If I was to describe this song with sarcastic overtones, I would say this is a regular run-of-the-mill ageispolis techno song. Well, it's not. This song is anything but typical of what I usually produce. Vocals, emotion, melody, structure... christ, what's gotten into me!?
Another bass line.
The heart is a lonely trucker
Here is another piece I'm working on.
Another of my bass lines.
Here's an unfortunately prescient political power-pop tune I penned in '02, as recorded by Detroit's own rock foursome LISBOA at our (then) modest home studio in our first collective foray into DIY recording. RIFYL: The New Pornographers and dudes/lady-dudes in that vein. Honky tonk piano (emphasis on the "honky"), a Hammond, some e-Bow, a little vibraphone, and a few too many "nah-nah-nah-nahs," but whaddya gonna do, right? Hope you dig it, friends.
This bass line came to me during a very confusing period in my life . . . a moment that still leaves a perpetual after-taste. Women are so confusing.
Here's my version of this most haunting of American folk songs. It's very stripped-down: just voice, drone, a bass drum and a shekere. In the time-honored folk tradition, I've made a few minor lyrics changes here and there, and the melody I'm using is different from the Dock Boggs or Stanley Brothers versions of the tune. Anyway, it's one of my very favorite traditional songs. Hope you enjoy.
Another bass line I'm working. Yes I love the echo.
One of several bass lines I've been creating. All of the other parts (Drums, guitar, keyboard, etc.) are still in my head. Anyone looking for a bass player?
"i blew across the great plains like a plastic bag / from the broken heart of town to the dock of the bay / there ain't that much to say about the wide wide world / people everywhere just sleepwalk in their own little way / and ain't no hope of waking up / until you kiss me babe"
This song is by Skist (my duo with singer/electronicist Haruna Ito). It's from our new CD. [lyrics inside]
This is a recently recorded song that'll probably go on my next release. I'm not sure yet about the mix, but I guess it's good enough in its current state for a spin around the MeFi block. Party down y'all. [lyrics inside]</small]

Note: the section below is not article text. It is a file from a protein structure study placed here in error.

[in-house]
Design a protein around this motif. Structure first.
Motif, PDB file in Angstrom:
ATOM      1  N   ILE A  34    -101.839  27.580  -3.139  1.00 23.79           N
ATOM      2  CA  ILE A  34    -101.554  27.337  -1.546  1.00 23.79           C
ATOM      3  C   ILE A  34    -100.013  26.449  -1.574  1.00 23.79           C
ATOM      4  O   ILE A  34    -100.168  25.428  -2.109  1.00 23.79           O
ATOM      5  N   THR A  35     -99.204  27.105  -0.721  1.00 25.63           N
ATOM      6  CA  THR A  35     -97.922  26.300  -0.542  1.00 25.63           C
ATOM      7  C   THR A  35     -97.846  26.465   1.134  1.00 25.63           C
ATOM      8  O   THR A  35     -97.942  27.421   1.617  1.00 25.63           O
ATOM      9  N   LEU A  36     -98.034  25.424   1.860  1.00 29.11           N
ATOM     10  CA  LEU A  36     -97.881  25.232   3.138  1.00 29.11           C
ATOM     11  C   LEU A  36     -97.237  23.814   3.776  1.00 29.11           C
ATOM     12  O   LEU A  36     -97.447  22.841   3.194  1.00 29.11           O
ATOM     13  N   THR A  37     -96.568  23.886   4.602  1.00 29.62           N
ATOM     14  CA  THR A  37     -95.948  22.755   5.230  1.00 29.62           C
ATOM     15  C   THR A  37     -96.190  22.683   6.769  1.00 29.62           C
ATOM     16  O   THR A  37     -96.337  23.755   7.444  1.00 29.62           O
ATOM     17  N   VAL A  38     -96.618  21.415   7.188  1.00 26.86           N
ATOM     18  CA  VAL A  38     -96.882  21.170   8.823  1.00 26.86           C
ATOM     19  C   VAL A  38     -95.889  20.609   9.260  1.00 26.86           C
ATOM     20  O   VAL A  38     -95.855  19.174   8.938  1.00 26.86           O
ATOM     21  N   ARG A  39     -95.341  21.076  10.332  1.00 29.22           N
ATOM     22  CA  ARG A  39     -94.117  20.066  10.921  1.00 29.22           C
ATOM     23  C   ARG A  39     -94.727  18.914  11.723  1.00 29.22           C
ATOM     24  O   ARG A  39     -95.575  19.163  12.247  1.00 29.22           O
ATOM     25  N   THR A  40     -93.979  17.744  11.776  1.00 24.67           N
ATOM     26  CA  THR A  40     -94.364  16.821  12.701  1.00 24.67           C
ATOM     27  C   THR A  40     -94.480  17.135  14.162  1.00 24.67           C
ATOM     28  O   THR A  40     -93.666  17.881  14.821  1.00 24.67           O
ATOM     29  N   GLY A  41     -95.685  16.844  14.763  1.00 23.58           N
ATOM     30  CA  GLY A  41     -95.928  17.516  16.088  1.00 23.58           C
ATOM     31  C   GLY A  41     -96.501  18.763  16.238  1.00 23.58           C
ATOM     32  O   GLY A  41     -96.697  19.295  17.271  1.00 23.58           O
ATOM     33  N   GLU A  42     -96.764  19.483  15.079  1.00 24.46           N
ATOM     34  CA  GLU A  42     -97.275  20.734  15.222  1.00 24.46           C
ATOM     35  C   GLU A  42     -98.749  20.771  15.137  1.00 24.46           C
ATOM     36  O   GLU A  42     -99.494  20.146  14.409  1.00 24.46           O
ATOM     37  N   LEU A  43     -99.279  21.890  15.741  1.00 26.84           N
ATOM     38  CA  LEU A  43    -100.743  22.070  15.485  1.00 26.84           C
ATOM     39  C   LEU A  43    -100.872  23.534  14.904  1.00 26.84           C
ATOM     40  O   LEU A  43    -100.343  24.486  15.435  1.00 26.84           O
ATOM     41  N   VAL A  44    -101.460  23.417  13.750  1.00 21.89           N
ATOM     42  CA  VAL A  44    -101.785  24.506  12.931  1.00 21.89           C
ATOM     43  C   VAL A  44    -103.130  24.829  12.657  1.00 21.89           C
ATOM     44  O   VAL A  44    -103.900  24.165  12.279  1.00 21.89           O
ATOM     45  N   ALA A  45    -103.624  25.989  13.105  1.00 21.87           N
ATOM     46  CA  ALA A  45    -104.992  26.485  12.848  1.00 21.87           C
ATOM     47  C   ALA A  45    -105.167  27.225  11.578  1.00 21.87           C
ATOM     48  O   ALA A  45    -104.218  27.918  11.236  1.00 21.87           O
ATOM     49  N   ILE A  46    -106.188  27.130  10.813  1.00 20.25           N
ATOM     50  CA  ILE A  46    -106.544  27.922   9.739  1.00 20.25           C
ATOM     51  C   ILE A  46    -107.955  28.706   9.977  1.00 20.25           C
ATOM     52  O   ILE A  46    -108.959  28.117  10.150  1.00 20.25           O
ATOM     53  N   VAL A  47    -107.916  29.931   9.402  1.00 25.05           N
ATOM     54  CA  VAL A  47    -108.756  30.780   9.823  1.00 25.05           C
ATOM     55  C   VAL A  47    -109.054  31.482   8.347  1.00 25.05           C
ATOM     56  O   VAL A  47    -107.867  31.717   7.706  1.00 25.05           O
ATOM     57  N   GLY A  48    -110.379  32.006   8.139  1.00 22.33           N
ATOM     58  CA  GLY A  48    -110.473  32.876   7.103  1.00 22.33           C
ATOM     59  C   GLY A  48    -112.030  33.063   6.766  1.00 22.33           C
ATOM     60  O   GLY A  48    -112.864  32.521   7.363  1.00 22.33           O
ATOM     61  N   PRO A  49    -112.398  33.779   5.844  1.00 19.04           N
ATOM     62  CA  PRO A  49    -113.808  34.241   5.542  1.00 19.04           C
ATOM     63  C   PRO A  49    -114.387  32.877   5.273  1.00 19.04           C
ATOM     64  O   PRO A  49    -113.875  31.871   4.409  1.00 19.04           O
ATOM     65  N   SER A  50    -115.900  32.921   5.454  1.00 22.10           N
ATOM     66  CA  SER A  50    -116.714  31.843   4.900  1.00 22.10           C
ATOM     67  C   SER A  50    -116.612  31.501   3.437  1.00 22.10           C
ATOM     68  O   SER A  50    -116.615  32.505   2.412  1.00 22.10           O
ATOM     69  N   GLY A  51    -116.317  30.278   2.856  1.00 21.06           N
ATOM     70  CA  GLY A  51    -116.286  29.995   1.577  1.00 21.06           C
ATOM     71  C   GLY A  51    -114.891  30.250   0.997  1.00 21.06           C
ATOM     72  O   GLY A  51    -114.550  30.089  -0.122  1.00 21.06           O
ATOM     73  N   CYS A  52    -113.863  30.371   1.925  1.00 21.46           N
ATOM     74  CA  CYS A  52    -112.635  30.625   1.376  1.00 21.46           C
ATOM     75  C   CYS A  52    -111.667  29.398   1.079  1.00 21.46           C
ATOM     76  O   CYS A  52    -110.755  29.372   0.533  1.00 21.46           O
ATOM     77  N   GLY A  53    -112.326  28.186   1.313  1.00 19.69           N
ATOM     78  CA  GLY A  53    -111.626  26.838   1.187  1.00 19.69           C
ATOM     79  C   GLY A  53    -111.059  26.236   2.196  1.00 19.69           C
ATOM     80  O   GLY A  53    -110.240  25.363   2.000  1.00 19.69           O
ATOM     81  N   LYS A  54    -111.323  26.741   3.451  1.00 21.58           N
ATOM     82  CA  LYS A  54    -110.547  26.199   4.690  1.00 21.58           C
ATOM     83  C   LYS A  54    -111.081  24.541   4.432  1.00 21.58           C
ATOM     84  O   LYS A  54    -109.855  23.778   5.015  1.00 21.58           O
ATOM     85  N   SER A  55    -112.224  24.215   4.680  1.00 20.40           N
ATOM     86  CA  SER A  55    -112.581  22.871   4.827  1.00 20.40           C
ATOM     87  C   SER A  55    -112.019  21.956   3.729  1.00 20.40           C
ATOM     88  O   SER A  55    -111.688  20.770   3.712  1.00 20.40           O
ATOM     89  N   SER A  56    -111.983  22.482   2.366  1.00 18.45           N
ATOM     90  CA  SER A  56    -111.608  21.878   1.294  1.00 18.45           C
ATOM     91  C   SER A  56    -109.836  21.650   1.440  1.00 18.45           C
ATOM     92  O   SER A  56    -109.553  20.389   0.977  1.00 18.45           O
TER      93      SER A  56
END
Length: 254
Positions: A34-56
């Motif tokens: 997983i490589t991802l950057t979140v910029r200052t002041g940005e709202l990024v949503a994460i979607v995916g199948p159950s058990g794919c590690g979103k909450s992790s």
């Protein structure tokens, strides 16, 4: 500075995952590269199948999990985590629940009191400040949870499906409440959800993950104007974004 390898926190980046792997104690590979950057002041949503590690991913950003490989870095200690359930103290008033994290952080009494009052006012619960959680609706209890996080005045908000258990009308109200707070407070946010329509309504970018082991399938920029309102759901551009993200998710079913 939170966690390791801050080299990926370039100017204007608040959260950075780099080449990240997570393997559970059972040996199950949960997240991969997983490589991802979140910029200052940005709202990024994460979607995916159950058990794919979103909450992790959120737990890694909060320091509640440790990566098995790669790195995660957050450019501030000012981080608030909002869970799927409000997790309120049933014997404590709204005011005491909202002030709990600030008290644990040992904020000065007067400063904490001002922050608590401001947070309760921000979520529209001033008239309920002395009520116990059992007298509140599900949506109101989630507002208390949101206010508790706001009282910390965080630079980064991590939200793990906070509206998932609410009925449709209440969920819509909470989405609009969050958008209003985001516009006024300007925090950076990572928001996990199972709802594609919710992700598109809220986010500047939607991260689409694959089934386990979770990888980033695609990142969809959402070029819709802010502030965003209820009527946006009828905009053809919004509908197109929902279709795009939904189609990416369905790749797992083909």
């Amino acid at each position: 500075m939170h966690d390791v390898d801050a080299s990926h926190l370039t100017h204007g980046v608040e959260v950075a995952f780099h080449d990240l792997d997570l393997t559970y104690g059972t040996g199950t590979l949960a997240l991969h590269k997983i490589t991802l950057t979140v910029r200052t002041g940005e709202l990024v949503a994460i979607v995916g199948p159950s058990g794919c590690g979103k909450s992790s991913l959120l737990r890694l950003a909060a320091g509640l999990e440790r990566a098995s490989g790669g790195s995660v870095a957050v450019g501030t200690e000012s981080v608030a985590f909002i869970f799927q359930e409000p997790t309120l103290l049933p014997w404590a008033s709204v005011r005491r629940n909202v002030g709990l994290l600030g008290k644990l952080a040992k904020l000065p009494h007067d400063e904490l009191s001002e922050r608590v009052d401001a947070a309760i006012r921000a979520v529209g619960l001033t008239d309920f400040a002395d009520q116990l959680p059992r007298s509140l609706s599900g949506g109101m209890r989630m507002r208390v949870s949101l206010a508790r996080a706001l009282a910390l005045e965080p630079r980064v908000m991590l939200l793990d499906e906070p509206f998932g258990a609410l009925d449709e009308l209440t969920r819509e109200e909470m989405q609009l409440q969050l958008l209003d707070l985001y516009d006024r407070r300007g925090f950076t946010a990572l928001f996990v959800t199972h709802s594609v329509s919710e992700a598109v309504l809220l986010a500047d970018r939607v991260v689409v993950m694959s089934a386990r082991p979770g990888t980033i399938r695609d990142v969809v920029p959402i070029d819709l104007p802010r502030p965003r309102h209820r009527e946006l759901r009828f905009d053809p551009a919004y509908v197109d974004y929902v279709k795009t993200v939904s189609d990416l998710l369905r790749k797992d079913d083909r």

This is a tune from a 1995 release called "Samm Bennett's History of the Last Five Minutes", from the Knitting Factory label. The CD is currently out of print. The guitarist is Hahn Rowe, everything else is me. I've been thinking about re-releasing this and possibly my earlier KF CDs on my own label (Yay! Rights have reverted back to yours truly!) but I've got a bunch of new songs I wanna release first. Thought I'd just throw this one out there into the ether. Anyway, [lyrics inside] and, hope you enjoy...
Sailor Martin, a tattooed and pierced sailor puppet, sings a convoluted and inadvertently homoerotic parable about a scimitar battle in an Arabian harem. Original public domain instrumental recording by Kaplan's Harmonists, recorded in 1923. New lyrics and Sailor Martin's voice by yours truly. More about Sailor Martin here.
Acid-ambient space dub loops. This is a live jam I did with a friend while visiting him in Seattle. The rig was comprised of me playing small and very slow beat loops in Traktor at BPMs relationally fractional to a master tempo of 110 BPM, while my friend looped samples in Live, both from prerecorded and live samples from mixboard outputs and sends. There is a Macbook microphone involved in the sampling of the room and as a feedback and reverb source. There is no shared MIDI clock in use - all tempo/pitch control is manual, and listen for long beat-count tempo-drifts of loop components, which are manipulated and intentional. The majority of this dub takes place as variations of two beats in one "measure", sometimes four but never more. This cut of the track is the last ten minutes of approximately one hour of play and loop building. It is pre-release version intended for derivitive works, remixes and redubs. (If you wish to remix, sample, splice, loop, fuck, deconstruct or otherwise destroy this track, I would vastly prefer that you please contact me via the email in my profile for the uncompressed and unprocessed file and the full Creative Commons license. Please do not use this low-bitrate file.)
An original, campy, Shatner-esque take on a fictional Moon-based Patrol-squad.
Gionata (www.gionata.net) swiss artist singing italian songs
A very New York-bred outlook at old-time Cuban music, recorded entirely with .. violas! This was my attempt to create asymmetrical but memorable melodies, clear textures crammed with material, and experiment with multitrack viola as a concept, an ensemble. The sound of the classic Cuban bands had all that - except the violas, that is. This track appears on my newly released CD, the VJOLA: WORLD ON FOUR STRINGS
A trip into the mind of Francis E. Dec, Esq.
This is a song that was done live on 6/26/2006 at an afterparty here in detroit. the venue was stucco's warehouse. Listen as my audio buffer dies at the end. A proper version will probably come out someday.